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Thursday, November 30, 2017

A Case for Screening

Zoë Kirsch at Slate:
Recent research suggests that, by 2, toddlers can begin to reveal signs of autism: an absence of big smiles or, as in Jonathan’s case, an abrupt loss of speech and a lack of interactive gestures. But most children with autism aren’t identified until after they turn 3 (the median age of first diagnosis is 3 years and 10 months). By then, in most states, kids are no longer eligible for the array of services that Jonathan gets on a weekly basis—a delay that robs them of time that could have been used to catch up to peers.

Research shows that black and Hispanic kids are less likely than their non-Hispanic white counterparts to be evaluated before 3, and that, on average, black and Latino children are diagnosed later than their white peers — with a delay of 1.4 and 2.5 years, respectively. Kids who communicate in a language other than English at home are 48 percent less likely than English speakers to be referred to early intervention. It’s a stark example of how children who haven’t even learned to brush their own teeth may already suffer due to the color of their skin or the language that they speak.
In 2007, the American Academy of Pediatrics recommended that doctors screen all toddlers for autism at their 18- and 24-month visits, when indicators start to stabilize. Since then, the average age of diagnosis in some communities has dropped by roughly a year and a half, according to a 2016 study by researchers at Albert Einstein College of Medicine in the Bronx.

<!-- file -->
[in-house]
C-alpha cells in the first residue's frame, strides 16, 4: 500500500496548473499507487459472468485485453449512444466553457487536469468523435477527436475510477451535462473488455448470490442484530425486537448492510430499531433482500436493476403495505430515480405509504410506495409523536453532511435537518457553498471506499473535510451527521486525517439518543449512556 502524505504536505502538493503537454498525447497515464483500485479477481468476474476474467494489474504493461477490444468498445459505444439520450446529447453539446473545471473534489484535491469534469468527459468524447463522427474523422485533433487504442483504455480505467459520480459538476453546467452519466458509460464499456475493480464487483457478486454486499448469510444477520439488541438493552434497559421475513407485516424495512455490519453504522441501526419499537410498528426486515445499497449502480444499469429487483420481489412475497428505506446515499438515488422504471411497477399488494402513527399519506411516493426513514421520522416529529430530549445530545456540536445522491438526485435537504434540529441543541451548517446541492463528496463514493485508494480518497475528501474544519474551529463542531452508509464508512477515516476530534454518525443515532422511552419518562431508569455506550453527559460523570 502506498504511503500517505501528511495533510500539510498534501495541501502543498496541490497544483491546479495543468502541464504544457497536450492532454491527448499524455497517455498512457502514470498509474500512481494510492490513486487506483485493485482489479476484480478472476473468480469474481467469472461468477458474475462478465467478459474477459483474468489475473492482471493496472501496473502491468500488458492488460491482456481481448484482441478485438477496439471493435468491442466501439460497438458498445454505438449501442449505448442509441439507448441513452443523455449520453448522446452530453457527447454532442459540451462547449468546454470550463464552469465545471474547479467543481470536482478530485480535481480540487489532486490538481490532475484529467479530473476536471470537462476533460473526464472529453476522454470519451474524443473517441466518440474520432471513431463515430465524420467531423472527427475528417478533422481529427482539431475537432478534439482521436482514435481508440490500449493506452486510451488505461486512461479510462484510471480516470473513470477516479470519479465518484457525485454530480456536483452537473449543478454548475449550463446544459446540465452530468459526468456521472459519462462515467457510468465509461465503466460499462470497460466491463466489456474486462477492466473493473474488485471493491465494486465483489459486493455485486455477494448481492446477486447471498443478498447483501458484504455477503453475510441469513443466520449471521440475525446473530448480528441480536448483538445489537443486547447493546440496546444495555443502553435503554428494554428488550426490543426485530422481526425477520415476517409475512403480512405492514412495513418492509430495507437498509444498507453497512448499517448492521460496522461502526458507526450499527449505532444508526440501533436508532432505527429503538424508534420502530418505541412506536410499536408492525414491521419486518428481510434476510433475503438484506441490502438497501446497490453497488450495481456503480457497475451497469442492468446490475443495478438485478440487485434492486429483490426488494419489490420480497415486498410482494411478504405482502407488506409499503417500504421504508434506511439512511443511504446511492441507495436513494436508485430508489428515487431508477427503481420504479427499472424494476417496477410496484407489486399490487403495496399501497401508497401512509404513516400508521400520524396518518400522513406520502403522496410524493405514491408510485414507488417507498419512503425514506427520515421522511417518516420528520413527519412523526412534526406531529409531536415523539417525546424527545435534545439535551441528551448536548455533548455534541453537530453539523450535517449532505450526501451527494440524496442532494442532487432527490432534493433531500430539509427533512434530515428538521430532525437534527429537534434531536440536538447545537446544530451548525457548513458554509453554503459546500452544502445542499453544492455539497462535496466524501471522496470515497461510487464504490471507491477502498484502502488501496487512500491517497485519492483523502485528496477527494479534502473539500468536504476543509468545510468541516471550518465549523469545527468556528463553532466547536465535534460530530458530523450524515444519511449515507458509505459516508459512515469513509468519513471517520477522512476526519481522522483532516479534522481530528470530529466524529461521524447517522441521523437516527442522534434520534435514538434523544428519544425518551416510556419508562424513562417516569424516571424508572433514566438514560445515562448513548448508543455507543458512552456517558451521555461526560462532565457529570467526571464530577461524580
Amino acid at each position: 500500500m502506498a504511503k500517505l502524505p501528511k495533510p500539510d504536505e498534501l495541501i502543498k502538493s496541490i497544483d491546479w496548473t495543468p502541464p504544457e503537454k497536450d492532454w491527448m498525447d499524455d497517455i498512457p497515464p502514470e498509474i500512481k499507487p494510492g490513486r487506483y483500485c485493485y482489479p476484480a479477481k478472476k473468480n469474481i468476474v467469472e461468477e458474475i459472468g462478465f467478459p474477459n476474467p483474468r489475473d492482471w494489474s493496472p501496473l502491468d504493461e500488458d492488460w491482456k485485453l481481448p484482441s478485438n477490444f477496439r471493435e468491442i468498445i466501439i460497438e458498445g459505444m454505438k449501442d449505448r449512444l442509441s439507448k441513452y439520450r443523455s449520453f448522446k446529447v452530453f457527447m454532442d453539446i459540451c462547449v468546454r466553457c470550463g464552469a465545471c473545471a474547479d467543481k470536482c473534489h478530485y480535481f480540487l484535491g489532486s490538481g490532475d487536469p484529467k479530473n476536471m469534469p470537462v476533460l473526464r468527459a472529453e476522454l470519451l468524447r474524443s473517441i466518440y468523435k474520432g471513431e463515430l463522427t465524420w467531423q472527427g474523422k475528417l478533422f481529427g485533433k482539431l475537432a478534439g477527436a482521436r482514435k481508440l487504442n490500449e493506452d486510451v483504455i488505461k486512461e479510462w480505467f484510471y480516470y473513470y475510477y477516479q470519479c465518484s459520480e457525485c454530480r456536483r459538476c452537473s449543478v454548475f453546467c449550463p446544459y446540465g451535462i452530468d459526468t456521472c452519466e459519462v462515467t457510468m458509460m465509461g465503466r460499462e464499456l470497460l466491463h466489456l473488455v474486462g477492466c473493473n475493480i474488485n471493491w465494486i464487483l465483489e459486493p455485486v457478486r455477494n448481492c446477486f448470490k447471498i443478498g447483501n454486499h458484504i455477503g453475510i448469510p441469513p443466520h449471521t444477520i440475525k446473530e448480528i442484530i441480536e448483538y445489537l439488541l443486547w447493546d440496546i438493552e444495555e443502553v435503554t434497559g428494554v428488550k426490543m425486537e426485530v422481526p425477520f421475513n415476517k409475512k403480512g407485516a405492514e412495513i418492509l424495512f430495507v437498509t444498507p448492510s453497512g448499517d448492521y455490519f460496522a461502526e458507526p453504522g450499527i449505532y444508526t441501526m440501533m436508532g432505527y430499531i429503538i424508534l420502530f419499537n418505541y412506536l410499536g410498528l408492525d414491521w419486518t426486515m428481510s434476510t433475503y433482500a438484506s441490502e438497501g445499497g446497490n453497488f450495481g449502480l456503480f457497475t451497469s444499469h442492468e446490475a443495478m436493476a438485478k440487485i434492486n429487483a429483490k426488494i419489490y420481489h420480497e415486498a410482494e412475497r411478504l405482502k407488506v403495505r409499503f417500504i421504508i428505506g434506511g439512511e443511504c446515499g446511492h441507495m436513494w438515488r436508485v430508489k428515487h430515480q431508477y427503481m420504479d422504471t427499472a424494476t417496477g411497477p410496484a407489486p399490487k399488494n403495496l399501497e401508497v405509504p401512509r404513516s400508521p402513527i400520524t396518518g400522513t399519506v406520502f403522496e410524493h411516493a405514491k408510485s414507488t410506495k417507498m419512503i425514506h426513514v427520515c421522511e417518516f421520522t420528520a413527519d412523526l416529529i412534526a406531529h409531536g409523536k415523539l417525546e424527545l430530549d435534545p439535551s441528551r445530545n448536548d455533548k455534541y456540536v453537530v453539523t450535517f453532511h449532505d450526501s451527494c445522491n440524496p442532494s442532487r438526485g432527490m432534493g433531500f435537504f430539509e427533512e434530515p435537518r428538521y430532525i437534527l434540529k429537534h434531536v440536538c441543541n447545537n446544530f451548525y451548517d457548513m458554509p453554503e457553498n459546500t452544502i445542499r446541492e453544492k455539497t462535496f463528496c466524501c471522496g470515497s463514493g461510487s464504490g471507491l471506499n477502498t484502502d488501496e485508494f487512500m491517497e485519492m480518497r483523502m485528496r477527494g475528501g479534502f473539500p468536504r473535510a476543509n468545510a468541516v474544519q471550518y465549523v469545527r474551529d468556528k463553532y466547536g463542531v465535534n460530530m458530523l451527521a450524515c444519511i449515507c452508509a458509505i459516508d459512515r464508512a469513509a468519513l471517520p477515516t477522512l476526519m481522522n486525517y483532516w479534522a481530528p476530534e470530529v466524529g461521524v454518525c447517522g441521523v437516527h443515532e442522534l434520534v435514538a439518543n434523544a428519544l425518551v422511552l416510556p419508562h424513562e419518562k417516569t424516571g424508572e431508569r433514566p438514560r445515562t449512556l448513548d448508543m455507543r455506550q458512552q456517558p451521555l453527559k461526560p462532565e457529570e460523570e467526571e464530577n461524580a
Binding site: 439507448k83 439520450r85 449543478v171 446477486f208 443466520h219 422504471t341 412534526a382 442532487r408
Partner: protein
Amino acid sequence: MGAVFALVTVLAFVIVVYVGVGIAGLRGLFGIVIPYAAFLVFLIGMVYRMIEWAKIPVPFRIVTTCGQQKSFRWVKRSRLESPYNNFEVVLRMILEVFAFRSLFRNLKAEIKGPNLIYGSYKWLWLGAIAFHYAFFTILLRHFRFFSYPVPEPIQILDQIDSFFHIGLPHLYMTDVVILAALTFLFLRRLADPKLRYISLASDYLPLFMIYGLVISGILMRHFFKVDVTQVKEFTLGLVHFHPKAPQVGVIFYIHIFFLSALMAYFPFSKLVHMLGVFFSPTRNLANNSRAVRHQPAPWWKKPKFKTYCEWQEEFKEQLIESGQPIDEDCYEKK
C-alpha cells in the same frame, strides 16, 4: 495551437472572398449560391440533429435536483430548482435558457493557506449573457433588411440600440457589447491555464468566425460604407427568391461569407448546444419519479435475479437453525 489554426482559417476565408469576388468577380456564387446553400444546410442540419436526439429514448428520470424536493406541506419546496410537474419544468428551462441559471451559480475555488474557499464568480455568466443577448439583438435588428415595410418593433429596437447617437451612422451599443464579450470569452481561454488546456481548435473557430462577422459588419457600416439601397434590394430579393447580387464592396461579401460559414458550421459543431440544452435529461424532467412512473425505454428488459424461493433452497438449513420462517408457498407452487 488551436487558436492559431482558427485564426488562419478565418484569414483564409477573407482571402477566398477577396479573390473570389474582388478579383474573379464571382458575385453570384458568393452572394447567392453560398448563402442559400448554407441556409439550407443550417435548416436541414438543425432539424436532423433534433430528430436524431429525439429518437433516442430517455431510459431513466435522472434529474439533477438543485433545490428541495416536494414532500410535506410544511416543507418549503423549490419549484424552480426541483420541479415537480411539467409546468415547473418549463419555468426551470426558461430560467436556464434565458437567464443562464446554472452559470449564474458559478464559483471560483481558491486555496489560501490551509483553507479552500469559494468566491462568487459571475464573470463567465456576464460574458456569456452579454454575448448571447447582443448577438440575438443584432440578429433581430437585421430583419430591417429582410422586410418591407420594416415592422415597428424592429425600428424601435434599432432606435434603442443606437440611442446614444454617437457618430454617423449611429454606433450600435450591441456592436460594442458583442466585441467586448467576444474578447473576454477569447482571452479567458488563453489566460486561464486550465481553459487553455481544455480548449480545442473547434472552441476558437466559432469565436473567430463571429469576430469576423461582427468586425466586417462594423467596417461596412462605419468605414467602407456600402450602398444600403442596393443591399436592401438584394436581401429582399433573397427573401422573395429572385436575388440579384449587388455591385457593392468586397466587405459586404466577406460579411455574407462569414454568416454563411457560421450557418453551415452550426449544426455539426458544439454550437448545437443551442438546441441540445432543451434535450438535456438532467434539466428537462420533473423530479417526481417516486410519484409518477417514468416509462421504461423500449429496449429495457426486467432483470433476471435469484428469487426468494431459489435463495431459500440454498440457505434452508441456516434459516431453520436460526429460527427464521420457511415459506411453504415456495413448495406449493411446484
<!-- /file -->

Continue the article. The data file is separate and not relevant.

Studies show that kids who start treatment early demonstrate increased social and cognitive functioning which can, in turn, result in more independence. In a recent paper, researchers at the New England Center for Children analyzed gains among dozens of children who began the same early intensive behavioral intervention at ages 1, 2, and 3, and found that those who started therapy youngest saw the most improvement.

Early signs of autism can masquerade as the typical struggles that bilingual kids confront when learning a second tongue: The key to distinguishing one from the other is knowing that a bilingual child with a learning impairment will struggle in both languages, not just one.
There is no guarantee of dramatic progress.
A study out of the Bronx found that just 1 in 14 toddlers who received early intervention services improved to the point that they no longer needed services in first grade